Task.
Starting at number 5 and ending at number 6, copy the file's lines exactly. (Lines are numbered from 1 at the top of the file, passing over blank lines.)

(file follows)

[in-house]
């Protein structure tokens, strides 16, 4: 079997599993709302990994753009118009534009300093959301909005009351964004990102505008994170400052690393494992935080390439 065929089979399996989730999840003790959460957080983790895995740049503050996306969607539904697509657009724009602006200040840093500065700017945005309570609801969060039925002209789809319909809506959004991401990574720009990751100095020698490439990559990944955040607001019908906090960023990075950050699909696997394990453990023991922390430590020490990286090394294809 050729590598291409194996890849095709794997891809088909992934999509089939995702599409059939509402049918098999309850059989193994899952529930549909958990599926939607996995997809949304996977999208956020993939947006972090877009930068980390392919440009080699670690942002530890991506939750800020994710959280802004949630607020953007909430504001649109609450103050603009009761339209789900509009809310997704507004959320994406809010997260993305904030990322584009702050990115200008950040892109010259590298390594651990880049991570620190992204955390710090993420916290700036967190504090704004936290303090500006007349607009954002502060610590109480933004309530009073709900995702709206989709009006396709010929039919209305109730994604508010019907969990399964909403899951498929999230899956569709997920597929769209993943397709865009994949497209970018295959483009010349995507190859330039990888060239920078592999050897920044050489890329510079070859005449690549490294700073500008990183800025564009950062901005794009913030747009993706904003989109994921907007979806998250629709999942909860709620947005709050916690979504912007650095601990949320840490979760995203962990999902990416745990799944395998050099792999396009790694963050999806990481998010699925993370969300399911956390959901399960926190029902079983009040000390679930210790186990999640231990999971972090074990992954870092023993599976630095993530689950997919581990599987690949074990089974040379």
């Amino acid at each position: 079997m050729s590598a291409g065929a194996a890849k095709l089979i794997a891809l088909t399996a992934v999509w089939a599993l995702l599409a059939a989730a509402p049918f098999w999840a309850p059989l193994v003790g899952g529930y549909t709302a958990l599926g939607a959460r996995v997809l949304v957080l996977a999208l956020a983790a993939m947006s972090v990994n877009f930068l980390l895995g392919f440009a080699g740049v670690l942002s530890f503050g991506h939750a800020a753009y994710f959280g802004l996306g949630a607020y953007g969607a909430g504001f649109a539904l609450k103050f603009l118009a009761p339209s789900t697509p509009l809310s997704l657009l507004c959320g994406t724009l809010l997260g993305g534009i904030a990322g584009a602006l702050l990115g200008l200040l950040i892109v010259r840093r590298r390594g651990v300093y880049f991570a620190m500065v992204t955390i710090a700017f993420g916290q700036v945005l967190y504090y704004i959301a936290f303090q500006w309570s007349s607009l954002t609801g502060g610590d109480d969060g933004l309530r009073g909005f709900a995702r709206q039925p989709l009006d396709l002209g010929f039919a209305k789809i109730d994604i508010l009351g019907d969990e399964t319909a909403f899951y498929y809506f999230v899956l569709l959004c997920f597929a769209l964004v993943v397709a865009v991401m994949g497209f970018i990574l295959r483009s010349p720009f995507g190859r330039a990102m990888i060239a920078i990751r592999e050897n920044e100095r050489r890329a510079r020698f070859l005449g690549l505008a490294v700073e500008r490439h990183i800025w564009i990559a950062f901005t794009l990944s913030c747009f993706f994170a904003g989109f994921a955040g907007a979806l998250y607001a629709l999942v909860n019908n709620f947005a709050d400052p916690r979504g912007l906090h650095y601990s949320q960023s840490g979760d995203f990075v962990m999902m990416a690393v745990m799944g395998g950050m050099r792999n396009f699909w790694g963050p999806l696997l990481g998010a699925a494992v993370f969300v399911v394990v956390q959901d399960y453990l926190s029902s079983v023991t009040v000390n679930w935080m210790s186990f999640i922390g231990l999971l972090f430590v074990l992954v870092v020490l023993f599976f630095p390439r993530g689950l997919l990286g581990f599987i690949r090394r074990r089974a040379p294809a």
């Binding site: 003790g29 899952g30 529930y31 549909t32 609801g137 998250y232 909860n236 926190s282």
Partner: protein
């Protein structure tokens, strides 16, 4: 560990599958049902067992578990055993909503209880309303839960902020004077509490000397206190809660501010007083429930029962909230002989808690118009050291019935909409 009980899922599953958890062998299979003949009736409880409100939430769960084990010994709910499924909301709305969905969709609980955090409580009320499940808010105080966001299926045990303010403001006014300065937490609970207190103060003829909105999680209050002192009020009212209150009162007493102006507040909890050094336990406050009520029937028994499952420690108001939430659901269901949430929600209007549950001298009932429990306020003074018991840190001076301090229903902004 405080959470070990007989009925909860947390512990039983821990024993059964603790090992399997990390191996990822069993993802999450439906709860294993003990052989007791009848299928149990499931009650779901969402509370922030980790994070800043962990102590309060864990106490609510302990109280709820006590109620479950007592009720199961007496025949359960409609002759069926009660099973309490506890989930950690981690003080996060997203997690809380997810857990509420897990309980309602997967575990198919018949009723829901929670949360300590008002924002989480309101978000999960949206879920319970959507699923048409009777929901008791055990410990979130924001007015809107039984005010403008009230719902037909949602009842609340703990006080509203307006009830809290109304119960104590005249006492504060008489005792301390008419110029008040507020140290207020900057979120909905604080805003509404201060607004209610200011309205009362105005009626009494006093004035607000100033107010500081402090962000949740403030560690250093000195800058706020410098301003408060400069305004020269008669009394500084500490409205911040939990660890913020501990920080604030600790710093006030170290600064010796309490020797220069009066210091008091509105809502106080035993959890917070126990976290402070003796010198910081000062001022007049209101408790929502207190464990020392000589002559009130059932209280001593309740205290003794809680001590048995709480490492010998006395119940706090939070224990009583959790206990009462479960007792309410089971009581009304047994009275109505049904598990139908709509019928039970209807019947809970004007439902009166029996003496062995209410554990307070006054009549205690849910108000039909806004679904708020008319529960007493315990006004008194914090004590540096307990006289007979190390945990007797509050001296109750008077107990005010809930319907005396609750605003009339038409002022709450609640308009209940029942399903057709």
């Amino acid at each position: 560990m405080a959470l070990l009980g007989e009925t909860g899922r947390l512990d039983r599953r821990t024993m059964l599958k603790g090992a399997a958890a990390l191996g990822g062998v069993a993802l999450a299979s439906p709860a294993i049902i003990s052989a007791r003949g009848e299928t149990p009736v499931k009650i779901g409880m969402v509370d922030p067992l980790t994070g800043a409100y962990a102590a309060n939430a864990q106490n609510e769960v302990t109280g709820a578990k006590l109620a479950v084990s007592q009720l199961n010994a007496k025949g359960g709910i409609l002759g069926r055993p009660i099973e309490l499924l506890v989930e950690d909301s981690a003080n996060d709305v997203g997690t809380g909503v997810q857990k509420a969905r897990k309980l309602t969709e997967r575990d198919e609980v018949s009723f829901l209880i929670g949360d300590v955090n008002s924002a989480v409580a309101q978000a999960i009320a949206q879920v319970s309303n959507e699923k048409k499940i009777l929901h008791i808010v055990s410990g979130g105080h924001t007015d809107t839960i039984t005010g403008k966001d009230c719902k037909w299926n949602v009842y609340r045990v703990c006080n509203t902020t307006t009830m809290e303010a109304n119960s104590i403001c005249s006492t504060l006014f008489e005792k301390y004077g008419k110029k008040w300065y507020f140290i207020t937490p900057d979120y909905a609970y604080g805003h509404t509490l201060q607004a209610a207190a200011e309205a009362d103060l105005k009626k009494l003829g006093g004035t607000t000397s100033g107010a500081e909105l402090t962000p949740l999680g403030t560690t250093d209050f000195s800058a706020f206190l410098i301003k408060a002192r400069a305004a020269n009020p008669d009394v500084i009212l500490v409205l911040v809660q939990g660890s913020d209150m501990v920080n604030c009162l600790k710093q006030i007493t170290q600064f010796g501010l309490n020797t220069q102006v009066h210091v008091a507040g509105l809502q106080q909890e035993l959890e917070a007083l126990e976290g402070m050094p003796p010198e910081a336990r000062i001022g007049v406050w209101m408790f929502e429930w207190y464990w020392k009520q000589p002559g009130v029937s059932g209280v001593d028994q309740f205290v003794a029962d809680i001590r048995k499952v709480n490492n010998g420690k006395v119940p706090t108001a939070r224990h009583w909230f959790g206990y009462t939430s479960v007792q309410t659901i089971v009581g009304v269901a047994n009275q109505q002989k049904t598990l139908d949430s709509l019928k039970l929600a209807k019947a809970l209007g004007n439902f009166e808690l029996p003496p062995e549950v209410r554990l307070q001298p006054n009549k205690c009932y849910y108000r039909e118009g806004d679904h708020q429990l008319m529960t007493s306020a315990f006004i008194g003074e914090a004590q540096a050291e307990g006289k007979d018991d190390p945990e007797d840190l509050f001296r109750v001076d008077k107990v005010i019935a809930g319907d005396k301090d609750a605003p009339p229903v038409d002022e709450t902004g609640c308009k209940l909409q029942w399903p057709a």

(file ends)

Partner: protein
């Protein structure tokens, strides 16, 4: 560990599958049902067992578990055993909503209880309303839960902020004077509490000397206190809660501010007083429930029962909230002989808690118009050291019935909409 009980899922599953958890062998299979003949009736409880409100939430769960084990010994709910499924909301709305969905969709609980955090409580009320499940808010105080966001299926045990303010403001006014300065937490609970207190103060003829909105999680209050002192009020009212209150009162007493102006507040909890050094336990406050009520029937028994499952420690108001939430659901269901949430929600209007549950001298009932429990306020003074018991840190001076301090229903902004 405080959470070990007989009925909860947390512990039983821990024993059964603790090992399997990390191996990822069993993802999450439906709860294993003990052989007791009848299928149990499931009650779901969402509370922030980790994070800043962990102590309060864990106490609510302990109280709820006590109620479950007592009720199961007496025949359960409609002759069926009660099973309490506890989930950690981690003080996060997203997690809380997810857990509420897990309980309602997967575990198919018949009723829901929670949360300590008002924002989480309101978000999960949206879920319970959507699923048409009777929901008791055990410990979130924001007015809107039984005010403008009230719902037909949602009842609340703990006080509203307006009830809290109304119960104590005249006492504060008489005792301390008419110029008040507020140290207020900057979120909905604080805003509404201060607004209610200011309205009362105005009626009494006093004035607000100033107010500081402090962000949740403030560690250093000195800058706020410098301003408060400069305004020269008669009394500084500490409205911040939990660890913020501990920080604030600790710093006030170290600064010796309490020797220069009066210091008091509105809502106080035993959890917070126990976290402070003796010198910081000062001022007049209101408790929502207190464990020392000589002559009130059932209280001593309740205290003794809680001590048995709480490492010998006395119940706090939070224990009583959790206990009462479960007792309410089971009581009304047994009275109505049904598990139908709509019928039970209807019947809970004007439902009166029996003496062995209410554990307070006054009549205690849910108000039909806004679904708020008319529960007493315990006004008194914090004590540096307990006289007979190390945990007797509050001296109750008077107990005010809930319907005396609750605003009339038409002022709450609640308009209940029942399903057709």